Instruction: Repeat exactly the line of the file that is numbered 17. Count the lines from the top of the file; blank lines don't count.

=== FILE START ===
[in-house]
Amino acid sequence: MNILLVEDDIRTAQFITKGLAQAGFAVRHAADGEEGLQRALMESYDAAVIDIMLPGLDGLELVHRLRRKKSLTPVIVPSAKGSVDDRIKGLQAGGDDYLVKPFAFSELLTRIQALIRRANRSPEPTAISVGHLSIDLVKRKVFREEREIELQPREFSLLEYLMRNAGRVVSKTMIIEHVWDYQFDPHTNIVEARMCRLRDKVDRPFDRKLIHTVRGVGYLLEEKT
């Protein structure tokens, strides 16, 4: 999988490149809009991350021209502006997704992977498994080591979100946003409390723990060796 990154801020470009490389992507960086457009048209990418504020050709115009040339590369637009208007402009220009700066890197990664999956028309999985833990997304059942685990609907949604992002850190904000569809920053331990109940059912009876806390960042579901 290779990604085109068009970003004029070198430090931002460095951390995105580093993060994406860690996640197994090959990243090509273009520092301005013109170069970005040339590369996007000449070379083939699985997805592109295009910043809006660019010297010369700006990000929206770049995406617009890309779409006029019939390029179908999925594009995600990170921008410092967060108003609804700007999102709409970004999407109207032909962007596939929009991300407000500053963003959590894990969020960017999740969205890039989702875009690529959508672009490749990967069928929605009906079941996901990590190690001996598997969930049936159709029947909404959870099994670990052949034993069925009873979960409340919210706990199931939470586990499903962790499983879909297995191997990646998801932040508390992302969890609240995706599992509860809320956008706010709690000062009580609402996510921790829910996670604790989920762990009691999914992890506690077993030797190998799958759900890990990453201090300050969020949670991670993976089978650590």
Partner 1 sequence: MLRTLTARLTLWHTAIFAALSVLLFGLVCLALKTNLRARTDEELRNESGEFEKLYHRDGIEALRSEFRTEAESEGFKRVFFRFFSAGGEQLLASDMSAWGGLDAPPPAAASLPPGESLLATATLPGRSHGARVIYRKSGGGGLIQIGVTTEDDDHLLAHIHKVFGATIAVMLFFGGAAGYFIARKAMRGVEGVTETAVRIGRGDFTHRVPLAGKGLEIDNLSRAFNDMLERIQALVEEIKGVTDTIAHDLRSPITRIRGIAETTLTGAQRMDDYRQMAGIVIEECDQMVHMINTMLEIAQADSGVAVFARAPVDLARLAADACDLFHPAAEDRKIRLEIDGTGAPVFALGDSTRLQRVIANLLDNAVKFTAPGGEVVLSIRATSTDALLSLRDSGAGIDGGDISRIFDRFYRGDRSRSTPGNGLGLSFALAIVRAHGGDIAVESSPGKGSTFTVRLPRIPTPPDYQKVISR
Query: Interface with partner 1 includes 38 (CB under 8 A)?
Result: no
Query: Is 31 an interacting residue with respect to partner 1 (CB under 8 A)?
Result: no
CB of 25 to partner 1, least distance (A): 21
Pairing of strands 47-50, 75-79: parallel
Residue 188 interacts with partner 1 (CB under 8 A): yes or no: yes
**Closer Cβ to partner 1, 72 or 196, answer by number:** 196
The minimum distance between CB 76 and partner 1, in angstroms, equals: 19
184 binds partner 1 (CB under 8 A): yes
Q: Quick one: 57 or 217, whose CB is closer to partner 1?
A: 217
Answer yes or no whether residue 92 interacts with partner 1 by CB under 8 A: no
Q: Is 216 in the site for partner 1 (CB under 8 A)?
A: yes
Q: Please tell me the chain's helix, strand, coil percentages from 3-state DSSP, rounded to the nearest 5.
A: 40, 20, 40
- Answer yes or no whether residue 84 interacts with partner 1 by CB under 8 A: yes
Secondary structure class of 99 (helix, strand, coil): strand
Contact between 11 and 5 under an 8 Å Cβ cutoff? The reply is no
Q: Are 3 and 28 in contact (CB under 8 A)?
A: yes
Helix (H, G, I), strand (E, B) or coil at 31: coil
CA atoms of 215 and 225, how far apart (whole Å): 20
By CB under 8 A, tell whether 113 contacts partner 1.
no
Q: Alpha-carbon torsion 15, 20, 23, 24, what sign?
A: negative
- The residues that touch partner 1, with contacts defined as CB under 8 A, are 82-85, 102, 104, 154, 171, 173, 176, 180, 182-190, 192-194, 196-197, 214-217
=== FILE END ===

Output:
Answer yes or no whether residue 92 interacts with partner 1 by CB under 8 A: no